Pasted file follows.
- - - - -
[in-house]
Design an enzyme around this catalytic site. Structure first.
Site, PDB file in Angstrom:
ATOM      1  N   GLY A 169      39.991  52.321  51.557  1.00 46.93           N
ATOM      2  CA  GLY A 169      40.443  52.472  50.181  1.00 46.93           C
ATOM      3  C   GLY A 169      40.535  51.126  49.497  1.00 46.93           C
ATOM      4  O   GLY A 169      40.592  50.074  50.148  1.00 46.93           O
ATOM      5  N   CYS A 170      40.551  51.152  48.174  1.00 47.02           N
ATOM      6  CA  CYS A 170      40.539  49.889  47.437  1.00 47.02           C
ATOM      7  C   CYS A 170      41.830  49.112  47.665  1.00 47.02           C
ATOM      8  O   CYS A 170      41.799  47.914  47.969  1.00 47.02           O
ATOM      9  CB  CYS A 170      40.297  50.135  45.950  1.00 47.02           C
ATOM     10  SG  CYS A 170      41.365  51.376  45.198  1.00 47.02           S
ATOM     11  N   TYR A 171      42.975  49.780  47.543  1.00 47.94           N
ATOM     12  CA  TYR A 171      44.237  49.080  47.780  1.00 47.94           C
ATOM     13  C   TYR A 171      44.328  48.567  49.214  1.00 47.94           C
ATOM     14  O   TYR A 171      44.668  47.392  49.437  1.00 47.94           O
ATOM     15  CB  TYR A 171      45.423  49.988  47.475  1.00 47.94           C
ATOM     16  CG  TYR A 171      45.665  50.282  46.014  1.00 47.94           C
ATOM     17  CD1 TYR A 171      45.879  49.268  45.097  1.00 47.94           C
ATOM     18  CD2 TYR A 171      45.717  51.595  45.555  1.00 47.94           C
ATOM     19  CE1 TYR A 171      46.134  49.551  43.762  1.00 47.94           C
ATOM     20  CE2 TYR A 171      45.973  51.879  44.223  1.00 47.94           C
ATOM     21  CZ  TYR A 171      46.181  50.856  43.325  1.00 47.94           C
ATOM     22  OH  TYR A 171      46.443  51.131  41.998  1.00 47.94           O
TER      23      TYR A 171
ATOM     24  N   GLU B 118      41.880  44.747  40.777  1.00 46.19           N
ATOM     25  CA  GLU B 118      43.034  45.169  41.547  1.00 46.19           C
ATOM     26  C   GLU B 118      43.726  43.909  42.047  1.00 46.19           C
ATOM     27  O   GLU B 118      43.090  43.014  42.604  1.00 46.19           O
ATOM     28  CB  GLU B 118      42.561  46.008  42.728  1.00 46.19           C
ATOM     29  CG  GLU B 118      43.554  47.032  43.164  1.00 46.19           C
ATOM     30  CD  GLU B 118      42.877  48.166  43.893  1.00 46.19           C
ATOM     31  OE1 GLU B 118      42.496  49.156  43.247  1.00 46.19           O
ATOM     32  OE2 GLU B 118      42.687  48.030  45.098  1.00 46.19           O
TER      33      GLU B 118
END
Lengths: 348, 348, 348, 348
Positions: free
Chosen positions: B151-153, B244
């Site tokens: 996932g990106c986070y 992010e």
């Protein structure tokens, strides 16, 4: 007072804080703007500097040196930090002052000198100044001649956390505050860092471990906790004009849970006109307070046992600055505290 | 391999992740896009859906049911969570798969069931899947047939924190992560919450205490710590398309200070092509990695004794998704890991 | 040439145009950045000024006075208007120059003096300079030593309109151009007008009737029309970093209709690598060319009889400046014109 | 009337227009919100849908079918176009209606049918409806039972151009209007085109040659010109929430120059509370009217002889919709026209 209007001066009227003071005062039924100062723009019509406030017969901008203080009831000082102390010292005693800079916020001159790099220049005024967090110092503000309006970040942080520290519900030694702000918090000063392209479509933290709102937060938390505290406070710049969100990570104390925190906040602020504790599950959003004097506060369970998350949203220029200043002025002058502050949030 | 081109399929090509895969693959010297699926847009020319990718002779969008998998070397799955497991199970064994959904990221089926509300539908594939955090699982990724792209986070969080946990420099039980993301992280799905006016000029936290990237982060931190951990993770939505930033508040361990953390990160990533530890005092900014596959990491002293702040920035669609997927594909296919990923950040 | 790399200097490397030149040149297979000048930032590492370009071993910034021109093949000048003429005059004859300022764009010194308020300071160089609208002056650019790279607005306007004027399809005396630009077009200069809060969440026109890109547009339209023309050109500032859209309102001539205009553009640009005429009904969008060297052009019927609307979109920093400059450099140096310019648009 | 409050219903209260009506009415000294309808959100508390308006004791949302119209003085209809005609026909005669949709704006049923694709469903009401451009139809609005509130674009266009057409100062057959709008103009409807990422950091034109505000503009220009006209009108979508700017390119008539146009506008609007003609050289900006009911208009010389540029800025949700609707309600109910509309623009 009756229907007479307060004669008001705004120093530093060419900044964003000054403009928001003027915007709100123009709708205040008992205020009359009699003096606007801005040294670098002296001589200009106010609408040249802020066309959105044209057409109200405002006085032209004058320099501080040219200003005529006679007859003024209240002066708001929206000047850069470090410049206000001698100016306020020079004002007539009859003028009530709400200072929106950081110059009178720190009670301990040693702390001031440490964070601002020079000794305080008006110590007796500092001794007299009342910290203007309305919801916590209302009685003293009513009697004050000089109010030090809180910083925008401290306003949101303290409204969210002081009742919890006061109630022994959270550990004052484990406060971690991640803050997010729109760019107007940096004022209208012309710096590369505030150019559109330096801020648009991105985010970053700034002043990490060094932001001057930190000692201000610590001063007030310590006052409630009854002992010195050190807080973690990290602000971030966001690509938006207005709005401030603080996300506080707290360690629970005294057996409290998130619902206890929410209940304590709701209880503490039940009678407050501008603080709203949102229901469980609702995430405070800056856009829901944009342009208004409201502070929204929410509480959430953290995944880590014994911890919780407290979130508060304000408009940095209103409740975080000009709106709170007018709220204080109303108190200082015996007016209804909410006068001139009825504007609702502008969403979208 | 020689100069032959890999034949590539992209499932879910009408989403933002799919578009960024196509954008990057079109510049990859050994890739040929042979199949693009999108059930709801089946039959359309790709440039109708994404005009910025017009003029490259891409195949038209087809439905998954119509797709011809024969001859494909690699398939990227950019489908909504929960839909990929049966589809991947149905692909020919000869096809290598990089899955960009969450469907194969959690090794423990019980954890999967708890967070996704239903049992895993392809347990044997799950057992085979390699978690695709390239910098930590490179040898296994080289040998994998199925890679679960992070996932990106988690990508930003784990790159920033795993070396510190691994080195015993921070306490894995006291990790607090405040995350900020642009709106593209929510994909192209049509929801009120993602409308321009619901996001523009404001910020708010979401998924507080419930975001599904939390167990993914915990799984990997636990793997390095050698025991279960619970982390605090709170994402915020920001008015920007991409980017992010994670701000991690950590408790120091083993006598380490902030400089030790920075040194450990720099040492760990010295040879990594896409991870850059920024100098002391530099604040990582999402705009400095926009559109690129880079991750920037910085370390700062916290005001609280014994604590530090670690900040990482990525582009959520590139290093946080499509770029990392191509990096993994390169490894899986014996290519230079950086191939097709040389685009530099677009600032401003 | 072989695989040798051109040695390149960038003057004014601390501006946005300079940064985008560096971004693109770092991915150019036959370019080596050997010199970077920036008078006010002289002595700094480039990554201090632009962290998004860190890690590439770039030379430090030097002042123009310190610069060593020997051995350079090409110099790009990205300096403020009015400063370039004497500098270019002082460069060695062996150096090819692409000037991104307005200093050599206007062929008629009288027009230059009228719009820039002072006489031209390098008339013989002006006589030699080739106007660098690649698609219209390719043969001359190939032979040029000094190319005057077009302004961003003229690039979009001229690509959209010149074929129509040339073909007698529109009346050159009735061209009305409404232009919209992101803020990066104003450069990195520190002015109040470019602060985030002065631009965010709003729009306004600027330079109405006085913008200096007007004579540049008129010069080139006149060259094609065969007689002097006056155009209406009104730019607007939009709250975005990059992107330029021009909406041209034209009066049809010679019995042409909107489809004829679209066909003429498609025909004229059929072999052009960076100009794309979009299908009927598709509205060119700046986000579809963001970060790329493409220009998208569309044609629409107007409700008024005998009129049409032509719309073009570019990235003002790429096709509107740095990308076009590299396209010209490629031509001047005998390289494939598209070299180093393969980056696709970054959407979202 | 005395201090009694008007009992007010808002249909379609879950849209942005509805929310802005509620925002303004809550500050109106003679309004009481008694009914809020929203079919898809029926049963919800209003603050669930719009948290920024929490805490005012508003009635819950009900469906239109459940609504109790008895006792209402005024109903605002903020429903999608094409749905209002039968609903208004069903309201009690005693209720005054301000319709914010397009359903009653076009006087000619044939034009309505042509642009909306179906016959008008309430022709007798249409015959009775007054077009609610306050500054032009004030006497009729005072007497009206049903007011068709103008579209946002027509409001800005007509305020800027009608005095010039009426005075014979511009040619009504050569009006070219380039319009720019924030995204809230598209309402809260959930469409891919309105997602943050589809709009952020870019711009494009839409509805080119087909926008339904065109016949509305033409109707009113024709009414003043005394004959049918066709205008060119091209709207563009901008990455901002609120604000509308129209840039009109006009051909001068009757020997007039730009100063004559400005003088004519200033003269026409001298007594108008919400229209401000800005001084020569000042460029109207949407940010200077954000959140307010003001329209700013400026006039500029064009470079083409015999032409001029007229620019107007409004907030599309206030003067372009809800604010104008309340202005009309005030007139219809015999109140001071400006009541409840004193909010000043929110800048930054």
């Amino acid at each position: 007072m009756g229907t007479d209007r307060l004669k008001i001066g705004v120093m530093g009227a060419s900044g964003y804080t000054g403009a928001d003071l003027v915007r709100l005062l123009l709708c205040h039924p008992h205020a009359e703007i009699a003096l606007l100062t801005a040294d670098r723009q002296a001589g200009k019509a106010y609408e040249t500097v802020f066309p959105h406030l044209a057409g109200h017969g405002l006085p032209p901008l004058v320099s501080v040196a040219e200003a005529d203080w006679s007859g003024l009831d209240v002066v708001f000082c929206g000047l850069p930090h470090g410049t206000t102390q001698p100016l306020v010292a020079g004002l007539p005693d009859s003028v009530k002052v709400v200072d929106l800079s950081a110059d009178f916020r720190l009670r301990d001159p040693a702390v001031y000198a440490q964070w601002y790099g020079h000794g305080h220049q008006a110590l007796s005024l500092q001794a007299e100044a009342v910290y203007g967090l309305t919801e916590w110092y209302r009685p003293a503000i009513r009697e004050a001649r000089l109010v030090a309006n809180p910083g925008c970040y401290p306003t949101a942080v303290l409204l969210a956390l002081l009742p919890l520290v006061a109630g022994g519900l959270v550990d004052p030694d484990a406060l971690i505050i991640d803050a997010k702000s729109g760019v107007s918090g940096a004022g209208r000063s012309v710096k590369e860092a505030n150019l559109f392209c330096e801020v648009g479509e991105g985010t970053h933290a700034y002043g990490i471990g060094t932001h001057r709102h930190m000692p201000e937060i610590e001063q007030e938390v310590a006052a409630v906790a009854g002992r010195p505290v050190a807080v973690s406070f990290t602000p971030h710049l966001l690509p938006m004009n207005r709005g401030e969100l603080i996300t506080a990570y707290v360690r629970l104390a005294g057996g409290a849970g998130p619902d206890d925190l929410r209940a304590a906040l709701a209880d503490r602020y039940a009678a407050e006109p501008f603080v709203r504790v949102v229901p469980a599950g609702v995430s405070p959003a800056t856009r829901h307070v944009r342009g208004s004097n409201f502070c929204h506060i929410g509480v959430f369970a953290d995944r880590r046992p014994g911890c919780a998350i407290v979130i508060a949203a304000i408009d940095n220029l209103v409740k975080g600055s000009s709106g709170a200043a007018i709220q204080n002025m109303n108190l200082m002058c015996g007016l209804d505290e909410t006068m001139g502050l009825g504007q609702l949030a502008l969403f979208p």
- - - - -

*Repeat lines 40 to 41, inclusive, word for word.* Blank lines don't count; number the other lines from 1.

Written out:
Chosen positions: B151-153, B244
């Site tokens: 996932g990106c986070y 992010e």